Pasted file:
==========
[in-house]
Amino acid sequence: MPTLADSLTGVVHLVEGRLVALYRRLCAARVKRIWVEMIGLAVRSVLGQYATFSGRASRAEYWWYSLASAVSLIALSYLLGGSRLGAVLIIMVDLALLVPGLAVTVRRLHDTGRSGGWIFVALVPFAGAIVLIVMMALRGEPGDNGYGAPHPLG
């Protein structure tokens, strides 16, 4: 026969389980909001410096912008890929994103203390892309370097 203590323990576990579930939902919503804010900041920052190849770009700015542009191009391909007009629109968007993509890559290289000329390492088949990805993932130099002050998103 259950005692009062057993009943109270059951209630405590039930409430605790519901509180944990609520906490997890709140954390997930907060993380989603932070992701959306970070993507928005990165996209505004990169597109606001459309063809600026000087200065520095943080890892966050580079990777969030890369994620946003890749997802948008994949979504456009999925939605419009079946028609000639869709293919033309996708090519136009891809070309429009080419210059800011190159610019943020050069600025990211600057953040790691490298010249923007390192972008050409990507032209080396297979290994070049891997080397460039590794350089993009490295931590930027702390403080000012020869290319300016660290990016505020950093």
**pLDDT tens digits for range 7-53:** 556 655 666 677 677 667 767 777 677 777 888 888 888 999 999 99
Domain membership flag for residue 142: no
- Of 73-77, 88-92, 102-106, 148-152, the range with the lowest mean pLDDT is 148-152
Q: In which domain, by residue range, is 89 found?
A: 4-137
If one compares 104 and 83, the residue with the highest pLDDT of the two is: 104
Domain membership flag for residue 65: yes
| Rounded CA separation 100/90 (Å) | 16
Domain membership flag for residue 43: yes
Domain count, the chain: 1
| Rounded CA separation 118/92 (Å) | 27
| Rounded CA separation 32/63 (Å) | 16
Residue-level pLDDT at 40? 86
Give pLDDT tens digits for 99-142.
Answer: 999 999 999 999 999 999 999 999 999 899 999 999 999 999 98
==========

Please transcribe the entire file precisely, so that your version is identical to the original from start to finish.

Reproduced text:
[in-house]
Amino acid sequence: MPTLADSLTGVVHLVEGRLVALYRRLCAARVKRIWVEMIGLAVRSVLGQYATFSGRASRAEYWWYSLASAVSLIALSYLLGGSRLGAVLIIMVDLALLVPGLAVTVRRLHDTGRSGGWIFVALVPFAGAIVLIVMMALRGEPGDNGYGAPHPLG
């Protein structure tokens, strides 16, 4: 026969389980909001410096912008890929994103203390892309370097 203590323990576990579930939902919503804010900041920052190849770009700015542009191009391909007009629109968007993509890559290289000329390492088949990805993932130099002050998103 259950005692009062057993009943109270059951209630405590039930409430605790519901509180944990609520906490997890709140954390997930907060993380989603932070992701959306970070993507928005990165996209505004990169597109606001459309063809600026000087200065520095943080890892966050580079990777969030890369994620946003890749997802948008994949979504456009999925939605419009079946028609000639869709293919033309996708090519136009891809070309429009080419210059800011190159610019943020050069600025990211600057953040790691490298010249923007390192972008050409990507032209080396297979290994070049891997080397460039590794350089993009490295931590930027702390403080000012020869290319300016660290990016505020950093």
**pLDDT tens digits for range 7-53:** 556 655 666 677 677 667 767 777 677 777 888 888 888 999 999 99
Domain membership flag for residue 142: no
- Of 73-77, 88-92, 102-106, 148-152, the range with the lowest mean pLDDT is 148-152
Q: In which domain, by residue range, is 89 found?
A: 4-137
If one compares 104 and 83, the residue with the highest pLDDT of the two is: 104
Domain membership flag for residue 65: yes
| Rounded CA separation 100/90 (Å) | 16
Domain membership flag for residue 43: yes
Domain count, the chain: 1
| Rounded CA separation 118/92 (Å) | 27
| Rounded CA separation 32/63 (Å) | 16
Residue-level pLDDT at 40? 86
Give pLDDT tens digits for 99-142.
Answer: 999 999 999 999 999 999 999 999 999 899 999 999 999 999 98